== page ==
U.S. and World News
- Trade negotiations with China continue to grow increasingly optimistic after a week of constructive talks between the United States and China. Chinese President Xi Jinping has announced that negotiations will resume in Washington next week and President Trump suggested that he would consider pushing back the March 1st deadline if progress was being made. U.S. trade negotiator Robert Lighthizer said “We feel that we have to make headway on some very, very important and very difficult issues” and that he was “hopeful” of progress. As it stands, if no deal is made before March 1st, tariffs on $200 billion of Chinese goods would be raised to 25%. China’s trade surplus with the United States fell 42% to $27.3 billion last month, the lowest since May 2018.
- The White house has reached a tentative budget agreement that includes a $1.38 billion border security deal that would prevent another government shutdown. The compromise detailed funds for 55 new miles of barriers along the border in Texas and passed the House 300 to 128 and the Senate 83 to 16. After signing the deal, President Trump hosted a televised announcement in the Rose Garden where he stated that he would sign a declaration of a national emergency at the border. This would give the government access to billions of dollars to fund the construction of the full border wall.
- Stocks extended the rally with a very strong week. The S&P 500 jumped 2.56% and closed at 2,776. The Dow Jones rose 3.20% and closed at 25,883. Year to date, the S&P is up 11.00% and the Dow Jones is up 11.35%.
- Yields rose this week. The 5 year and 10 year U.S. Treasury Notes are yielding 2.49% and 2.66%, respectively.
- The spot price of WTI Crude Oil rose sharply this week. Prices jumped 5.84% and closed at $55.80 per barrel. Year to date, Oil prices are up 22.88%.
- The spot price of Gold rose 0.62% this week and closed at $1,322.49 per ounce. Year to date, Gold prices are up 3.12%.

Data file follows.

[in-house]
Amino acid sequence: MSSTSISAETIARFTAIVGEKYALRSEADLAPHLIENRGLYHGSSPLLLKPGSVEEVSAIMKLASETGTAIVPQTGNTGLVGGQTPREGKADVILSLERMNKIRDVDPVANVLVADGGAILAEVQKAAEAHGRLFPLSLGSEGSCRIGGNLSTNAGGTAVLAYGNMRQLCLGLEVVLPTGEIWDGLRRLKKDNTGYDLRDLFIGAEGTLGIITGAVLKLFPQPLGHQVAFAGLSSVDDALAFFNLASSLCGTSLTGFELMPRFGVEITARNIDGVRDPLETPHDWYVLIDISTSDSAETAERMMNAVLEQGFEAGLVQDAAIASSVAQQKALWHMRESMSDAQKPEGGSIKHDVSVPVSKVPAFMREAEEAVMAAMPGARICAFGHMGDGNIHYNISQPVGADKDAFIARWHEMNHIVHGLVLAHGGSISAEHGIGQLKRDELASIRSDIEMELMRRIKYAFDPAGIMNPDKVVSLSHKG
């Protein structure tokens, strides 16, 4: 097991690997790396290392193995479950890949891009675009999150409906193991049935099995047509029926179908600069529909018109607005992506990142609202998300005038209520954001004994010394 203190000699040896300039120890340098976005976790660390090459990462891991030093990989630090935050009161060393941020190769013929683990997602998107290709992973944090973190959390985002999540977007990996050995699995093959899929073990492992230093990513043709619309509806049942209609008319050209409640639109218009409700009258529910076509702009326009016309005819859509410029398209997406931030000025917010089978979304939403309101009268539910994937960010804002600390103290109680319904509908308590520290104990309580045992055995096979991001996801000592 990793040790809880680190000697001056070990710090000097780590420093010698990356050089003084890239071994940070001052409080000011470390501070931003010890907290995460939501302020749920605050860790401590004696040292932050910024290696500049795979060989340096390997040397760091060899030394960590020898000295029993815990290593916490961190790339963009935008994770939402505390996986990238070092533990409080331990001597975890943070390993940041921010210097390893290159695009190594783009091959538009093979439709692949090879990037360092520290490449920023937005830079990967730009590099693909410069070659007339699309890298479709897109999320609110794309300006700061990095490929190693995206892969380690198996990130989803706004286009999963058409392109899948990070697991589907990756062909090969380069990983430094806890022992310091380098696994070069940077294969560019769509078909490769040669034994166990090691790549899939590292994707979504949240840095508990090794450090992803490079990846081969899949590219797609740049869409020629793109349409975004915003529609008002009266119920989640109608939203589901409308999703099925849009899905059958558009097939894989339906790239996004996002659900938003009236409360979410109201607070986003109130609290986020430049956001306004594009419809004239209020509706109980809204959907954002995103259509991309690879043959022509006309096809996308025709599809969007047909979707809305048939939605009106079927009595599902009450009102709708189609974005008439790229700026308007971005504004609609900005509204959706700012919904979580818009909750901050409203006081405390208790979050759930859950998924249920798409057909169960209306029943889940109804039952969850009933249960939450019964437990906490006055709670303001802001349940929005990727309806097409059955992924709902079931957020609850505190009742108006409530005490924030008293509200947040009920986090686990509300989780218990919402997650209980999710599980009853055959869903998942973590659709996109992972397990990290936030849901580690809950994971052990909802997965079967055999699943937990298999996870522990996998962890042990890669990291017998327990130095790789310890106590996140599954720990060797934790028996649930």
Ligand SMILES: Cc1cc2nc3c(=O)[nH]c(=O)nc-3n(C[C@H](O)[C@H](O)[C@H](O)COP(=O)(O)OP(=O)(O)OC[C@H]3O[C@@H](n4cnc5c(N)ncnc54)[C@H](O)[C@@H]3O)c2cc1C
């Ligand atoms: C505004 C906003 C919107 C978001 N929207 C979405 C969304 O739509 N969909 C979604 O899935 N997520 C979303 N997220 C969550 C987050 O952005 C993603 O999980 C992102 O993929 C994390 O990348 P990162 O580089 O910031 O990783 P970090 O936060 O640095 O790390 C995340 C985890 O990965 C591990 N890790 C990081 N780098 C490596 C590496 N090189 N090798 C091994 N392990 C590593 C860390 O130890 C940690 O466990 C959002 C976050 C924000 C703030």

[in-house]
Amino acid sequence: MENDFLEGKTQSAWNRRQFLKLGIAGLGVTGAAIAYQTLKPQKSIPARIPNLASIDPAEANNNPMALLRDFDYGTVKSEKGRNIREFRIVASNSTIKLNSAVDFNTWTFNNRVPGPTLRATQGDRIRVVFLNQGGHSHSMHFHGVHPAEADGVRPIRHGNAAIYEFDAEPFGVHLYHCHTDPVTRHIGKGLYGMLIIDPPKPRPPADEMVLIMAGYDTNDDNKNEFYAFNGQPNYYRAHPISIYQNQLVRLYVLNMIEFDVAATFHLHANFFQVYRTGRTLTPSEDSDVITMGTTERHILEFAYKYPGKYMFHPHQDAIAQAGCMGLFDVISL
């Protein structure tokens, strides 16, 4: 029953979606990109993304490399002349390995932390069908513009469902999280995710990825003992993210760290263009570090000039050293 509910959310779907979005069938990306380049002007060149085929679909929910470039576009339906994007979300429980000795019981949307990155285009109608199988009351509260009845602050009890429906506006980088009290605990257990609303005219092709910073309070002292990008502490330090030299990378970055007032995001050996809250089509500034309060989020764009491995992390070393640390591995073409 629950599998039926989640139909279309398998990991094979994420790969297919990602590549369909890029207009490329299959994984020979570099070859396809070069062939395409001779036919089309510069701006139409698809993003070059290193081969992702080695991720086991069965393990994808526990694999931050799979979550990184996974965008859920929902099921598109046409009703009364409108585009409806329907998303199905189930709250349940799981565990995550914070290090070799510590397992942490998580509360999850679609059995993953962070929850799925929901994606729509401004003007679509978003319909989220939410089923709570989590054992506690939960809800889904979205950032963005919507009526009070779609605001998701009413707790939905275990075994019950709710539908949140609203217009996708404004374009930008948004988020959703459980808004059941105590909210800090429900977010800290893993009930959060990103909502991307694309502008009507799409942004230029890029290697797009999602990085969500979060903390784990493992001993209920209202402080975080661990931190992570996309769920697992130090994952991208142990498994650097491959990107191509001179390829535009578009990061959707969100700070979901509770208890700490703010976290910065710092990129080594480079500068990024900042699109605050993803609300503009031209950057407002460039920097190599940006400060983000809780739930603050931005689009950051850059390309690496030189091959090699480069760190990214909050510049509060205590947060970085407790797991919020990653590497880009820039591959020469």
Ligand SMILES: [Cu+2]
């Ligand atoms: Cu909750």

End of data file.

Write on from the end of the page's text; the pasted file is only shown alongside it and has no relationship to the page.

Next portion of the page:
- Initial jobless claims rose by 4,000 to 239,000 for the week. The four-week moving average of claims rose by 7,000 to 232,000. Claims rose in Washington by 4,000 and in New York by 2,000.
- Retail sales plunged 1.2% in December versus expectations for a gain of 0.1%.
- Core retail sales fell by 1.7% versus expectations for a 0.4% gain.
- The producer price index (PPI) fell by 0.1% in January versus expectations for an increase of 0.1%. This was led by declines in energy and food.
- The consumer price index (CPI) was flat in January versus expectations for a 0.1% increase.
- The core CPI measure rose 0.2%, in-line with expectations.
- Industrial production fell by 0.6% in January versus expectations for a 0.1%. increase.
- Manufacturing production fell by 0.9% in January versus expectations for a flat reading.
- The University of Michigan’s index of consumer sentiment came in at 95.5 in February versus expectations for a reading of 93.7.
Fact of the Week
- On the day that Janet Yellen was sworn in as Fed Chair (2/03/14), the S&P 500 was down 2.3%(total return), the worst trading day for the index in 2014. On the day that Jerome Powell was sworn in as Fed Chair (2/05/18), the S&P 500 was down 4.1%(total return), the worst trading day for the index in 2018 (source: BTN Research).
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